Ai ni Somare / Dye of Love by Fujikawa Yuri

 

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At long last, I bring you a new yaoi review.

Unfortunately, Ai ni Somare / Dye of Love is another one of those volumes that MangaReader cut up into its various chapters, so my review of it is somewhat incomplete. The link gives you the whole story, but there are other, unrelated chapters, as part of this volume.

If I end up reading any of the other chapters, I will be sure to put the volume’s title in the tags.

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The set-up is pretty simple. Ai (whose name means “Blue”) is the producer of kimono dyes and is especially well known for his deep crimson colors. Previously spurred by his fashion-designer cousin, Tokiwa, Tokiwa returns into Ai’s life and is desperate for that special deep red dye, so desperate he tells Ai, he’d do ANYTHING for it….

ANYTHING.

Yeah, Ai has the same thought you did.

Tokiwa is a lady’s man, we’re told, but he doesn’t seem to have any kind of learning curve to get things going right away with Ai.  Maybe because he’s been living in France?  😉

There’s some other plot bits involving a Ai’s father taking credit for Tokiwa’s original dye formula and Ai being jealous of “other women,” but that all works out easily.

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At least say “other people” when you’re talking to a guy, maybe? 

This is not a deep one, but it’s plenty smutty, if not explicit.  It’s a fast read so it’s not difficult to recommend.  I initially thought the art might be too “wispy” for me, but I found it tolerable enough. So, yeah, I’m not ga-ga over this, but it was a pleasant enough diversion.

You & Me, Etc. / Bokura ni Matsuwaru Et Cetera. by Kyuugo

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You & Me, Etc. / Bokura ni Matsuwaru Et Cetera is a collection of one-shots by the same author that brought us Acid Town.  A fact I didn’t actually notice until just now, though I should have had an inkling, given how much PLOT (and how little sex) is in each of these stories.

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The first chapter is “Someday We’ll” / “Itsuka bokura ha” and follows characters we’ll return to in the final, titular chapters “You & Me, Etc.” / “Bokura ni Matsuwara, Etc.”: Iku and Keita.  The two are best friends whose relationship becomes fraught when Keita, a rising baseball star in high school, has his career cut short by a tragic accident… an accident he suffered because he pushed Iku out of harm’s way.  Iku is horrified that he’s the cause of  the end of Keita’s big chance a stardom, but Keita is just happy Iku is alive, because Iku means the world to him.  Like, THE WORLD, but that’d be pretty homo, so, you know, things are just TENSE.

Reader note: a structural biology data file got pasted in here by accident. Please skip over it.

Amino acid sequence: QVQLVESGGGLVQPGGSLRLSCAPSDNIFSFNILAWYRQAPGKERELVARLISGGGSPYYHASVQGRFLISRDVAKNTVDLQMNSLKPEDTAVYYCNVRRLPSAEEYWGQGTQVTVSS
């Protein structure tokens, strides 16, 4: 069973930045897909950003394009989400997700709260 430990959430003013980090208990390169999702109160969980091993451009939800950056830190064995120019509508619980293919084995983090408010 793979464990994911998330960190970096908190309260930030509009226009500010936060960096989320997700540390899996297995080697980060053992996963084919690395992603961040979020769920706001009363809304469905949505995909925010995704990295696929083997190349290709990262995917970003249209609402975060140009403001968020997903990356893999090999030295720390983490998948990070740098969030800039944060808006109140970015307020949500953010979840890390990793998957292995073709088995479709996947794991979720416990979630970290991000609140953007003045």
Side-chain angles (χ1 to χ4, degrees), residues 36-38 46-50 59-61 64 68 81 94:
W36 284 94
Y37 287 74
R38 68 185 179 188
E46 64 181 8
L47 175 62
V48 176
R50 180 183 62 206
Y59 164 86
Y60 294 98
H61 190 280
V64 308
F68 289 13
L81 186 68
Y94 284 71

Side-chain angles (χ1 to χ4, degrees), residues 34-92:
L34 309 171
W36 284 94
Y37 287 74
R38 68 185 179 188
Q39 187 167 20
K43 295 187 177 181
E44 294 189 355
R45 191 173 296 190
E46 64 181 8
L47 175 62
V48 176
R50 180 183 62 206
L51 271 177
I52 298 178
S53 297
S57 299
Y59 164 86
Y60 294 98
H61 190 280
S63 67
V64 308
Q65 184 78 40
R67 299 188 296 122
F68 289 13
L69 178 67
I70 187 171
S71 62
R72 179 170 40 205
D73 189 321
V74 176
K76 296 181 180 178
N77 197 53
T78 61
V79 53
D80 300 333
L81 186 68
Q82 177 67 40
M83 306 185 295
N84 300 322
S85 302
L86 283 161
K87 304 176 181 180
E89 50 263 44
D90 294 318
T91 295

At least until Keita decides to just try going for it.

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A kiss Iku can’t get out of his mind. From there, the story goes where you might hope, with some extra baseball and a near repeat of the traffic accident to help Iku realize that he Loves This Man ™.

“The Sakura Pilgrimage” / “Sakura no Junrei” follows another set of high schoolers, these two basketballers, Sugaya and Fujishiro.  Fujishiro is that enviable guy, the one all the girls giggle after and call ‘prince,’ who is destined for the class presidency, and probably gets straight A’s. Only, turns out, there’s NOTHING straight about Fujishiro.  Sugaya accidentally catches Fujishiro making out with none-other-than a teacher!  Sugaya isn’t the sort to tell, but Fujishiro makes a point of paying him off, anyway.  Things go on like this for a while (a phrase that is actually used a bunch in this chapter,) until someone else spies the lovers and the teacher is fired.  Then, Sugaya listens to Fujishiro’s woes and they share a moment of camaraderie, the end.

Yeah, this one is literally about a guy who is kind of bored with life who makes a gay friend. I mean, I can’t say I’ve seen anything like it before, so I guess there’s that.

“The Beautiful Tomorrow” / “Utsukushii Asu” parts 1 & 2 follow Tatsushi Kuwahara, a famous editor/author, and Akira Shinozaki, the son of a beloved professor of Kuwahara’s, who has come to Tokyo… basically to impose on Kuwahara’s kindness.  Turns out, his father remarried and his step mom is legitimately evil. When dad died, she kicked him out on the streets.  Kuwahara learns all of this, slowly. Not that it matters, he gets used to having the kid around.  Akira is a guitar player who is trying to do the breaking in thing, so sometimes he stays out late or… comes home drunk.